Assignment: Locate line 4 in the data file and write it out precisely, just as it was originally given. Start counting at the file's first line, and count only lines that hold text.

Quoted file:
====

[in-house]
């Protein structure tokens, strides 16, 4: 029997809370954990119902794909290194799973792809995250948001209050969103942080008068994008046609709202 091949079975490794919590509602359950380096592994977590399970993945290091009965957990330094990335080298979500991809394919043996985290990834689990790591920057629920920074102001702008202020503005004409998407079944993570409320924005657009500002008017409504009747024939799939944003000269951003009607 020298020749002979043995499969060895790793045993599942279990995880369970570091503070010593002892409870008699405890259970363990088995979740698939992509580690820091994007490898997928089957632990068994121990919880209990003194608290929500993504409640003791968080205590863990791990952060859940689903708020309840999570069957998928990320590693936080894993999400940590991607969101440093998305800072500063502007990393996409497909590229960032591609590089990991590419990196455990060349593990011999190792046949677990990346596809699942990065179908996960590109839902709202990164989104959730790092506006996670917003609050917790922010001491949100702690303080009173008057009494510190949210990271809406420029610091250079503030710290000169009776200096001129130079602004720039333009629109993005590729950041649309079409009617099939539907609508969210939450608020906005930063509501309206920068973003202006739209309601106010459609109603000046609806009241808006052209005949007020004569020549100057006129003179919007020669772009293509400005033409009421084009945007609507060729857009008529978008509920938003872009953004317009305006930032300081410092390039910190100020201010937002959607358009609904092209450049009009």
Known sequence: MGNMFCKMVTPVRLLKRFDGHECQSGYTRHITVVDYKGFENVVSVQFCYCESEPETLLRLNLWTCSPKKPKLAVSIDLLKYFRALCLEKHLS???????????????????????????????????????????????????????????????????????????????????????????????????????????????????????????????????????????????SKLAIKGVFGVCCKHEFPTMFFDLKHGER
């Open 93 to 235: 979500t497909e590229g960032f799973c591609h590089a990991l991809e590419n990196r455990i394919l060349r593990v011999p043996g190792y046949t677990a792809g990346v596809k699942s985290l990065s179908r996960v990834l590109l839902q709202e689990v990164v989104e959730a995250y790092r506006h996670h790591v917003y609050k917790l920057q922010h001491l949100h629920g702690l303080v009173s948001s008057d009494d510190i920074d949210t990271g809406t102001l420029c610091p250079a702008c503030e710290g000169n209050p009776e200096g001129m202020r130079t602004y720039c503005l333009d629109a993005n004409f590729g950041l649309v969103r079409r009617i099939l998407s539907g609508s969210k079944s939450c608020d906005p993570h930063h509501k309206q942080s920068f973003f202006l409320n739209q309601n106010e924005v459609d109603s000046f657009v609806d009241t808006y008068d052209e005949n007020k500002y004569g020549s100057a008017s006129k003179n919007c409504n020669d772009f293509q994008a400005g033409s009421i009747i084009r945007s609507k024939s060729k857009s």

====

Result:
């Open 93 to 235: 979500t497909e590229g960032f799973c591609h590089a990991l991809e590419n990196r455990i394919l060349r593990v011999p043996g190792y046949t677990a792809g990346v596809k699942s985290l990065s179908r996960v990834l590109l839902q709202e689990v990164v989104e959730a995250y790092r506006h996670h790591v917003y609050k917790l920057q922010h001491l949100h629920g702690l303080v009173s948001s008057d009494d510190i920074d949210t990271g809406t102001l420029c610091p250079a702008c503030e710290g000169n209050p009776e200096g001129m202020r130079t602004y720039c503005l333009d629109a993005n004409f590729g950041l649309v969103r079409r009617i099939l998407s539907g609508s969210k079944s939450c608020d906005p993570h930063h509501k309206q942080s920068f973003f202006l409320n739209q309601n106010e924005v459609d109603s000046f657009v609806d009241t808006y008068d052209e005949n007020k500002y004569g020549s100057a008017s006129k003179n919007c409504n020669d772009f293509q994008a400005g033409s009421i009747i084009r945007s609507k024939s060729k857009s």